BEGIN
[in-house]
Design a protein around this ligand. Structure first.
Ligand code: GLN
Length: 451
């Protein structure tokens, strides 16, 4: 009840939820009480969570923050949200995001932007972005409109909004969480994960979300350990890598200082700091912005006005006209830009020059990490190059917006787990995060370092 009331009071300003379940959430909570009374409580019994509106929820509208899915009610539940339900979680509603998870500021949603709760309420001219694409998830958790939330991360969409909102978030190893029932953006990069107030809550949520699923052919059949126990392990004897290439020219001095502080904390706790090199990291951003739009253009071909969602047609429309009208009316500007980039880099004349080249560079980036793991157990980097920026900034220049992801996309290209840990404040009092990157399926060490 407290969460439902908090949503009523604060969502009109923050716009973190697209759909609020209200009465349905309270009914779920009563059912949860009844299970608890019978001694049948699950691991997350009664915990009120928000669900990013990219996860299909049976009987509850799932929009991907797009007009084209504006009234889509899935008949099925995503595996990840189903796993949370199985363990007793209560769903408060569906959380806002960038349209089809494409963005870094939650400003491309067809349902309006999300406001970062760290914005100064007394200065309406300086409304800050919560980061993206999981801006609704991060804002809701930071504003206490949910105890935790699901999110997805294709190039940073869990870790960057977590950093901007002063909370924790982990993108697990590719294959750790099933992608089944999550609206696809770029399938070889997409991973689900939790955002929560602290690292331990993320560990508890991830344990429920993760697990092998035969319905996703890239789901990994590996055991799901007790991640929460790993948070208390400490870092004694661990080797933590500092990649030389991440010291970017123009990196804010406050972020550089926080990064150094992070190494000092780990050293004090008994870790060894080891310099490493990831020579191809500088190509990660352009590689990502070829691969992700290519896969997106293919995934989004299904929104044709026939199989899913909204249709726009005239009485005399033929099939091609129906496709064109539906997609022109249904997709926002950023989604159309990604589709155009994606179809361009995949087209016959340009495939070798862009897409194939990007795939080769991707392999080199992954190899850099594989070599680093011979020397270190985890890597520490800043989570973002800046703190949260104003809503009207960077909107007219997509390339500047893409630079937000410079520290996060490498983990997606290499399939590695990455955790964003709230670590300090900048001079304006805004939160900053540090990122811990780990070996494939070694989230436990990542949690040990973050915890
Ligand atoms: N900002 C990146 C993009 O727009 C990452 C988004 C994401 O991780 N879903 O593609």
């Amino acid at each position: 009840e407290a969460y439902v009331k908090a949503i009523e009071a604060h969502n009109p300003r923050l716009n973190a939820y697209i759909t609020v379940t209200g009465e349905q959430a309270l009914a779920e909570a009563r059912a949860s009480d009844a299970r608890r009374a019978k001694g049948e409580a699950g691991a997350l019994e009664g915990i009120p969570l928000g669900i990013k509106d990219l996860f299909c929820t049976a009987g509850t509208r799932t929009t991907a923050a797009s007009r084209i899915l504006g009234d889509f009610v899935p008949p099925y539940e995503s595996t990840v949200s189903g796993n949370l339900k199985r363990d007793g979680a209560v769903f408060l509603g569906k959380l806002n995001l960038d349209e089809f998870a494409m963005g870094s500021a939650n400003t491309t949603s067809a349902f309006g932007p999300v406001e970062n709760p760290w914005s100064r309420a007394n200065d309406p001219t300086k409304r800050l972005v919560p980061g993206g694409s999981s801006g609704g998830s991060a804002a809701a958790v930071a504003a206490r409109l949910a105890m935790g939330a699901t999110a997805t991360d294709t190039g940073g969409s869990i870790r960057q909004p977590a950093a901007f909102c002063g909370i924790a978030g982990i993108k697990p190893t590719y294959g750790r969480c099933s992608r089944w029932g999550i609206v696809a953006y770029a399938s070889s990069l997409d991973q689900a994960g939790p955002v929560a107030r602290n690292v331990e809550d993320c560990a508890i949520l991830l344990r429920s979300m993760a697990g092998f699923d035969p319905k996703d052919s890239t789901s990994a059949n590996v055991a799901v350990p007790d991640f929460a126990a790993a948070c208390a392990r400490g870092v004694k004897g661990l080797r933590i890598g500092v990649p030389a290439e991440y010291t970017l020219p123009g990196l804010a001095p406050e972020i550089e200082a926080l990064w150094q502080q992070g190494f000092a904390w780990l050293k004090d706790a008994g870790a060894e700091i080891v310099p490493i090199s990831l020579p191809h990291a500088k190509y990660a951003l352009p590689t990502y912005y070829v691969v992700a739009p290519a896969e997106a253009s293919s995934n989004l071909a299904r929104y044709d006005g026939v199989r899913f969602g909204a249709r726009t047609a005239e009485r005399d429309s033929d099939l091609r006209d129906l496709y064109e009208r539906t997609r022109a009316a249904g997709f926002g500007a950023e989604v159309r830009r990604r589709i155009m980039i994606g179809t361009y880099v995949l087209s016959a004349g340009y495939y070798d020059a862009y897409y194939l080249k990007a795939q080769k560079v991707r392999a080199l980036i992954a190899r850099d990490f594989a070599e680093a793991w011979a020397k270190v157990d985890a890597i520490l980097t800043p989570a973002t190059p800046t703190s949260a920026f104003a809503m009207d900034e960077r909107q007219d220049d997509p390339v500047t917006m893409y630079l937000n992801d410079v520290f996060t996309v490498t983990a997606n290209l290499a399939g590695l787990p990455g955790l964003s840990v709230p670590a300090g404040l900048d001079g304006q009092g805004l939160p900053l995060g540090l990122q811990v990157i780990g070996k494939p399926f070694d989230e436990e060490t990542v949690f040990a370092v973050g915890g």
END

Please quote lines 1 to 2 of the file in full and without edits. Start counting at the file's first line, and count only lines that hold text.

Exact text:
[in-house]
Design a protein around this ligand. Structure first.